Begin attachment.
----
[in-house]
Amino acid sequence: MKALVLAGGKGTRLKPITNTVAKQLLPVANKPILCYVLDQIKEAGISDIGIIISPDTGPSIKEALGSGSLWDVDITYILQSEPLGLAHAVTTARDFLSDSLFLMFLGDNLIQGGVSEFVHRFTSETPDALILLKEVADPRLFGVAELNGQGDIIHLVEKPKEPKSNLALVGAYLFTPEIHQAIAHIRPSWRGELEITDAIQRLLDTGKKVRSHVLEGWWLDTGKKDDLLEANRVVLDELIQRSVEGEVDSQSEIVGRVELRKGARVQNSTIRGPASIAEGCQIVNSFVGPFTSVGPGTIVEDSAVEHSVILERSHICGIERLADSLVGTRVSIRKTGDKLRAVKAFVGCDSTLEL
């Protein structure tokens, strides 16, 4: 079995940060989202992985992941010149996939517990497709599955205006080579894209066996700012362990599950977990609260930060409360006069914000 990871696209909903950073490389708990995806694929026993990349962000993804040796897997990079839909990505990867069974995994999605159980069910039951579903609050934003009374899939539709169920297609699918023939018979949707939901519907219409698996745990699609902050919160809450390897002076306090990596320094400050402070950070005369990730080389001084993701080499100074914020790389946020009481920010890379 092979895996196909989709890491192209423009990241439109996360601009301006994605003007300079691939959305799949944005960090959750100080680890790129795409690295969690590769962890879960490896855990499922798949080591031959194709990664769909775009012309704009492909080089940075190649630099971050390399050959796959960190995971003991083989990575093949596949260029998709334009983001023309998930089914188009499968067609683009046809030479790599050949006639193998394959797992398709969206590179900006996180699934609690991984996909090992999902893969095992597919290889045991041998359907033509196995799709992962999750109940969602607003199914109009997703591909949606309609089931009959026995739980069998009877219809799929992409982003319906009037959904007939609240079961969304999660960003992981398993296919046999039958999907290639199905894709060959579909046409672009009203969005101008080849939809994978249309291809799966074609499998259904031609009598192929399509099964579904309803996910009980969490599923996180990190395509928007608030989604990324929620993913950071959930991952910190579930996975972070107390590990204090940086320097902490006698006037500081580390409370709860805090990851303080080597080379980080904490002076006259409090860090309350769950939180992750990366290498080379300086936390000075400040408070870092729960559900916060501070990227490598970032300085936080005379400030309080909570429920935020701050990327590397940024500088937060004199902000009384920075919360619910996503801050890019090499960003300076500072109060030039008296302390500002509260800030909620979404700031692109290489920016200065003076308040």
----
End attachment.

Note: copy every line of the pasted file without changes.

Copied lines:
[in-house]
Amino acid sequence: MKALVLAGGKGTRLKPITNTVAKQLLPVANKPILCYVLDQIKEAGISDIGIIISPDTGPSIKEALGSGSLWDVDITYILQSEPLGLAHAVTTARDFLSDSLFLMFLGDNLIQGGVSEFVHRFTSETPDALILLKEVADPRLFGVAELNGQGDIIHLVEKPKEPKSNLALVGAYLFTPEIHQAIAHIRPSWRGELEITDAIQRLLDTGKKVRSHVLEGWWLDTGKKDDLLEANRVVLDELIQRSVEGEVDSQSEIVGRVELRKGARVQNSTIRGPASIAEGCQIVNSFVGPFTSVGPGTIVEDSAVEHSVILERSHICGIERLADSLVGTRVSIRKTGDKLRAVKAFVGCDSTLEL
């Protein structure tokens, strides 16, 4: 079995940060989202992985992941010149996939517990497709599955205006080579894209066996700012362990599950977990609260930060409360006069914000 990871696209909903950073490389708990995806694929026993990349962000993804040796897997990079839909990505990867069974995994999605159980069910039951579903609050934003009374899939539709169920297609699918023939018979949707939901519907219409698996745990699609902050919160809450390897002076306090990596320094400050402070950070005369990730080389001084993701080499100074914020790389946020009481920010890379 092979895996196909989709890491192209423009990241439109996360601009301006994605003007300079691939959305799949944005960090959750100080680890790129795409690295969690590769962890879960490896855990499922798949080591031959194709990664769909775009012309704009492909080089940075190649630099971050390399050959796959960190995971003991083989990575093949596949260029998709334009983001023309998930089914188009499968067609683009046809030479790599050949006639193998394959797992398709969206590179900006996180699934609690991984996909090992999902893969095992597919290889045991041998359907033509196995799709992962999750109940969602607003199914109009997703591909949606309609089931009959026995739980069998009877219809799929992409982003319906009037959904007939609240079961969304999660960003992981398993296919046999039958999907290639199905894709060959579909046409672009009203969005101008080849939809994978249309291809799966074609499998259904031609009598192929399509099964579904309803996910009980969490599923996180990190395509928007608030989604990324929620993913950071959930991952910190579930996975972070107390590990204090940086320097902490006698006037500081580390409370709860805090990851303080080597080379980080904490002076006259409090860090309350769950939180992750990366290498080379300086936390000075400040408070870092729960559900916060501070990227490598970032300085936080005379400030309080909570429920935020701050990327590397940024500088937060004199902000009384920075919360619910996503801050890019090499960003300076500072109060030039008296302390500002509260800030909620979404700031692109290489920016200065003076308040």